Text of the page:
Calgary Police Service has created ways to avoid Law Enforcement Review Board scrutiny: Alberta lawyer

An Alberta lawyer says the Calgary Police Service has a systemic problem when it comes to how it handles public complaints against officers.

Tom Engel is the chair of the policing committee for the Criminal Trial Lawyers Association.

“They have developed tactics to evade scrutiny by the Law Enforcement Review Board (LERB),” he told CityNews. “And how they do that is the chief will have a complaint investigated, and then will find that there is no basis for the complaint, and ‘Oh by the way it’s not even a complainant raising a serious issue — even though it may be a serious assault’ — and they are going to dispose of it under the provisions of the Police Act for non-serious matters where you cannot appeal to the LERB.”

The Calgary Police Service vehemently denies Engel’s claims.

“The Calgary Police Service operates within and under the Police Act and Police Service Regulation, and applies the criteria set out in the legislative scheme to determine whether a matter is “serious,” CPS said in a statement to CityNews. “The matter you refer to is, in fact, under appeal with the LERB following a disciplinary hearing which is only used for matters deemed by the chief to be serious.

“The CPS does not use any “tactics” to avoid judicial or LERB oversight.”

Engel’s comments stem from a story CityNews covered last week about a Calgary woman who won the right to appeal to the LERB.

Roopa Wickson says she received sexually-suggestive text messages from the detective in charge of her domestic conflict case that involved her ex-husband, who also worked with Calgary Police.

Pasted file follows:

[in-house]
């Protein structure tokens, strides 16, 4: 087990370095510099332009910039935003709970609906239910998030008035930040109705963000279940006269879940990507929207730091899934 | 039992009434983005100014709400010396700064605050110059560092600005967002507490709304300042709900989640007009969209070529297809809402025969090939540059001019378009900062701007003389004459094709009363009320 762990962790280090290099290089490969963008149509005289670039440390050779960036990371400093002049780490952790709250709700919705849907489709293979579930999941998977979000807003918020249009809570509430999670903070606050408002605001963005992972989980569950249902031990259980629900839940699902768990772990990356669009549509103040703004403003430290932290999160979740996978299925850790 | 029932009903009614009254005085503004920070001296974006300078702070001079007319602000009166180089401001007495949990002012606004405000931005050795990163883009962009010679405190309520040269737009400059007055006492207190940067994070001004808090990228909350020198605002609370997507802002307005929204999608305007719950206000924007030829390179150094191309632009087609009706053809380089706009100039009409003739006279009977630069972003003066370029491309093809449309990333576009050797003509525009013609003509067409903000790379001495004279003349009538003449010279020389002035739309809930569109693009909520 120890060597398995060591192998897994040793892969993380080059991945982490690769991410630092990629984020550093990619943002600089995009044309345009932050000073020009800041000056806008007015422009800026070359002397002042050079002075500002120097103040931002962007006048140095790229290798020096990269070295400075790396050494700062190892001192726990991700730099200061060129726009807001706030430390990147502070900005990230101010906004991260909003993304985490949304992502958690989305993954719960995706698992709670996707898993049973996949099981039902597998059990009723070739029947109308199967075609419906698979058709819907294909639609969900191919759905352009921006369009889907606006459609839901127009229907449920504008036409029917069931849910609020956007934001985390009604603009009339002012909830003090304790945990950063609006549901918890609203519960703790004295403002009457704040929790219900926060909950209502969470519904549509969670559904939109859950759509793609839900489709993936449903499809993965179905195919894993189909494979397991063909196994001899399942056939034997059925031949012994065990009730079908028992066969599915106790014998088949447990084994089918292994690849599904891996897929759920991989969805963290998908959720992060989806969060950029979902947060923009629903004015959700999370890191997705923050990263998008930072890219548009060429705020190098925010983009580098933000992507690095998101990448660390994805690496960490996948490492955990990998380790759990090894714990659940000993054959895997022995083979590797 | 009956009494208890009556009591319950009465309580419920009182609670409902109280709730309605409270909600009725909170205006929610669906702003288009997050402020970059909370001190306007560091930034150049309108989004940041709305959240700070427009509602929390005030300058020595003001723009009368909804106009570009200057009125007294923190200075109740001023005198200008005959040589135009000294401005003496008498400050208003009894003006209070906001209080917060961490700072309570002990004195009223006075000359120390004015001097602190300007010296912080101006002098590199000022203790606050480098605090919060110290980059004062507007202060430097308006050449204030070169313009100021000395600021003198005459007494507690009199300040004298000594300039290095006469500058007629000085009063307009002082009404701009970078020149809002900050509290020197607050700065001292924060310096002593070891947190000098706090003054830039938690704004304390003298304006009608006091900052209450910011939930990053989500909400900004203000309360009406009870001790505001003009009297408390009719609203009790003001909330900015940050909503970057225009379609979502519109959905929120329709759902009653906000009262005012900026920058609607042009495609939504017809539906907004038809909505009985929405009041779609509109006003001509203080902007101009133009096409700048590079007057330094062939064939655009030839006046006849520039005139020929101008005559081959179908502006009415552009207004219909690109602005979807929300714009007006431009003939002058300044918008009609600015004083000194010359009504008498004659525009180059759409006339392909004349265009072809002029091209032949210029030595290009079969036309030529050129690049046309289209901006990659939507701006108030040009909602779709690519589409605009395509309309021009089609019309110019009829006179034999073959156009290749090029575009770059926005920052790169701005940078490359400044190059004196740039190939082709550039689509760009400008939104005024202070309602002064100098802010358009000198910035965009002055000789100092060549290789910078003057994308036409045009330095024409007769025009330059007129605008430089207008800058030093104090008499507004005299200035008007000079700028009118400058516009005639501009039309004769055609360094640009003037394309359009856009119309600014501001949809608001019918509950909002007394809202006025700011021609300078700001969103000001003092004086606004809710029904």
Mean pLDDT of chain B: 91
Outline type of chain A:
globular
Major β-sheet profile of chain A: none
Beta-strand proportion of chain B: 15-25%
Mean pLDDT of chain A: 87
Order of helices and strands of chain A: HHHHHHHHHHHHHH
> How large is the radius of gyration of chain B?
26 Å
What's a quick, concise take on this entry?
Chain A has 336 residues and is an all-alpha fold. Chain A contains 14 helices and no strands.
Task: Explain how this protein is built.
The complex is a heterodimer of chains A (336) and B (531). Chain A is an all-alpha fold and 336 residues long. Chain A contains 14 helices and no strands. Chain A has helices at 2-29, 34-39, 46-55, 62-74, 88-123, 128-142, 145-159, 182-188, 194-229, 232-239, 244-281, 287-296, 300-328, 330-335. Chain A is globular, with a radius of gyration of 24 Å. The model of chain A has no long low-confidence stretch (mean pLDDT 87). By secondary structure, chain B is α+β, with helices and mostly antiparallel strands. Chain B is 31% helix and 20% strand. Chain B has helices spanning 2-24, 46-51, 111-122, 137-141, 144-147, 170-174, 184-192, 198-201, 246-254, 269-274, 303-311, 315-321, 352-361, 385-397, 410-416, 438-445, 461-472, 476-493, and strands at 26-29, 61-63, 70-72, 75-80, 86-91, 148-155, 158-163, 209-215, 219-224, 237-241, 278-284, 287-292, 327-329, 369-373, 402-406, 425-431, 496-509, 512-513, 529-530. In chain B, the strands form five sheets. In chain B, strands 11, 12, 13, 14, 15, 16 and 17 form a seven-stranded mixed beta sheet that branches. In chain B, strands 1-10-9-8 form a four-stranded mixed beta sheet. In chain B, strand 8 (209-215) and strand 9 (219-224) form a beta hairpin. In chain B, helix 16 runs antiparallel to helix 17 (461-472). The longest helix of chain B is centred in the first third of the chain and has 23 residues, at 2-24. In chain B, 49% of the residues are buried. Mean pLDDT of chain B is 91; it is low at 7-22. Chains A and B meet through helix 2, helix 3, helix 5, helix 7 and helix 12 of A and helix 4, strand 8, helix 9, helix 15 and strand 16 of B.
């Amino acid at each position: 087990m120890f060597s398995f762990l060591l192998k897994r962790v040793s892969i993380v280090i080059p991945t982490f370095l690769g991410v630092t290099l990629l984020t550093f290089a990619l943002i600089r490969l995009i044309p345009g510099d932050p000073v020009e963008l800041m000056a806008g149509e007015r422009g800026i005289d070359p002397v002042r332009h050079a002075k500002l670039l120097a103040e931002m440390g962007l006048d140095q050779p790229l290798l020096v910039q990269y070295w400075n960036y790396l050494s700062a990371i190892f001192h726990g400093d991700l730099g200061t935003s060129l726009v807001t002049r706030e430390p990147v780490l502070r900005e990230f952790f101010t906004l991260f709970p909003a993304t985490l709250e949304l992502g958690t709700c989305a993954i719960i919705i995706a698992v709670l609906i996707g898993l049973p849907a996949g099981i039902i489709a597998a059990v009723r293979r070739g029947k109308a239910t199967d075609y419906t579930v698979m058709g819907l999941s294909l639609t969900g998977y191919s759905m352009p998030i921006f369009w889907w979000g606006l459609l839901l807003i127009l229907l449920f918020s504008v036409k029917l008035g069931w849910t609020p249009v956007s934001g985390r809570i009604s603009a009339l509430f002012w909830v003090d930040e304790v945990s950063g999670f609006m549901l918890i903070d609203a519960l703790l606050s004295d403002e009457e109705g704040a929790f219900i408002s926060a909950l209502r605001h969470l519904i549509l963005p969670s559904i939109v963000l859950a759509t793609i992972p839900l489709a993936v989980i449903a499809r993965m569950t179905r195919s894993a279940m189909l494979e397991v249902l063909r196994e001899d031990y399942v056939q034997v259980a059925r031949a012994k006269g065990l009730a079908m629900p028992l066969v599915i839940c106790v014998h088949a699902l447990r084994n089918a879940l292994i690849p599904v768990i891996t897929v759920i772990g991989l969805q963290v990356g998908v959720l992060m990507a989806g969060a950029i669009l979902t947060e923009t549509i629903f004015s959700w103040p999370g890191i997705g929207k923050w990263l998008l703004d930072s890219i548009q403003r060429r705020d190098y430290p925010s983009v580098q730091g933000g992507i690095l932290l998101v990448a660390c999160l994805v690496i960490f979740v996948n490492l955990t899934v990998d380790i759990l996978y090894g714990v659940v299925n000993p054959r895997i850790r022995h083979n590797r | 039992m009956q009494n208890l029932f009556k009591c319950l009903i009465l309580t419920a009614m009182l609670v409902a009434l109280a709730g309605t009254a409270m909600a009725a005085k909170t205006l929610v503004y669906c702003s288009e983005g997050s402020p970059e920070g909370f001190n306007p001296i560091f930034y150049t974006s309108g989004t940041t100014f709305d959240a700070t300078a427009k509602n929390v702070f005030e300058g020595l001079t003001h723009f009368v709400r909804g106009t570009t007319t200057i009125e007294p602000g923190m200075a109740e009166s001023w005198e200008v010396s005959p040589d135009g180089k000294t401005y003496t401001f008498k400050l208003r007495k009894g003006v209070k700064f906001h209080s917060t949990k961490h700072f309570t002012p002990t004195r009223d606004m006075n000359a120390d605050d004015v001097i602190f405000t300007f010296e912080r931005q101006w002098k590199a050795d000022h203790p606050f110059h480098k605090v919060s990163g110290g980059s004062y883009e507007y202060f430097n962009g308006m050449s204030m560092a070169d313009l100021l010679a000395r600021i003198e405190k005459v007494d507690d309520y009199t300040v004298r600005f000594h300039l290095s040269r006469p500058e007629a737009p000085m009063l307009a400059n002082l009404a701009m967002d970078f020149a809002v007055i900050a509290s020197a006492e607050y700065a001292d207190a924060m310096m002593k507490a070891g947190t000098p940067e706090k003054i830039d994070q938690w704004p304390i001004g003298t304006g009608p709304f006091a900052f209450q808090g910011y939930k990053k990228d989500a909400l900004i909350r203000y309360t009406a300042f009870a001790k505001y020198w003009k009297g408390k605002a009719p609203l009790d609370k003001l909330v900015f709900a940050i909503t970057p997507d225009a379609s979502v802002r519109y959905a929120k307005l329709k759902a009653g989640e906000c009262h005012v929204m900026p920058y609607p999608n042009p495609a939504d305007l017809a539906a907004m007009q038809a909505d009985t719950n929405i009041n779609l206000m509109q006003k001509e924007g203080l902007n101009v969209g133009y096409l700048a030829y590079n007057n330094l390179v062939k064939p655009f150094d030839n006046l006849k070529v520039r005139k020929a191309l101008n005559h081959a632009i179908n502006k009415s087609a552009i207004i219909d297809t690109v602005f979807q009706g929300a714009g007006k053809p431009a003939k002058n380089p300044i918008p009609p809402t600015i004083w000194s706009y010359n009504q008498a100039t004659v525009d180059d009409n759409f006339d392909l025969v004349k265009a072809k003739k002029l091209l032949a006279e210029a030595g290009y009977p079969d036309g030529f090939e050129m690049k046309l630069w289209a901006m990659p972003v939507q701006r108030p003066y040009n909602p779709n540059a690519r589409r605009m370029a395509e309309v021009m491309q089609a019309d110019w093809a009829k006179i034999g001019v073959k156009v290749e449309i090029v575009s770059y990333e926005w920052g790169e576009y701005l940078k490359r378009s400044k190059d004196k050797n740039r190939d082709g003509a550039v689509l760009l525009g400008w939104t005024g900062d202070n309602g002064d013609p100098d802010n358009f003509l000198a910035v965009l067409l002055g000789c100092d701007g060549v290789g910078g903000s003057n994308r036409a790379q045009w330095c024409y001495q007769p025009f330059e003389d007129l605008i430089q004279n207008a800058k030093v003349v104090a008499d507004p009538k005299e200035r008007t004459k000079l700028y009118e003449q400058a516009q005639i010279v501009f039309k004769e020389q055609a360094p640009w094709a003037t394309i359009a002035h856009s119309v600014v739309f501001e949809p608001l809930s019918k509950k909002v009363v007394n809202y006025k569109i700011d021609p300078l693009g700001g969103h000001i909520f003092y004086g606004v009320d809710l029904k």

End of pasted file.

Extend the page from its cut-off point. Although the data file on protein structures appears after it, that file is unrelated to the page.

The chief ordered an internal investigation into the situation, which Wickson claims she was not made aware of, despite being the recipient of the messages and filing a formal complaint against the officer.

The officer, Det. David Keagan, was eventually ordered to forfeit 20 hours of work as a penalty, which Wickson described as ‘laughable,’ given the impact the incident has had on her.

In their decision, the LERB found the chief’s actions were “procedurally unfair.”

Engel said cases like Wickson’s can leave a huge dent in public trust.

“Can you imagine what she thinks of the Calgary Police Service right now? I mean she makes a complaint against her ex-husband who is a Calgary cop, and the Calgary Police Service investigates it,” he said. “That’s just bad on the face of it — the optics of that are bad.

“And then she gets these text messages from the cop that’s investigating it.”

He  questions Chief Mark Neufeld’s handling of Wickson’s complaint, pointing to his previous work in the Arkinstall inquiry .

That 2018 inquiry centered around the 2008 arrest of Jason Arkinstall at a traffic stop, where video showed officers repeatedly hitting the man.

Concerns were raised about false testimony by police. 

Back then, Engel served as council for the Criminal Trial Lawyers Association and Neufeld was the assistant director of ASIRT.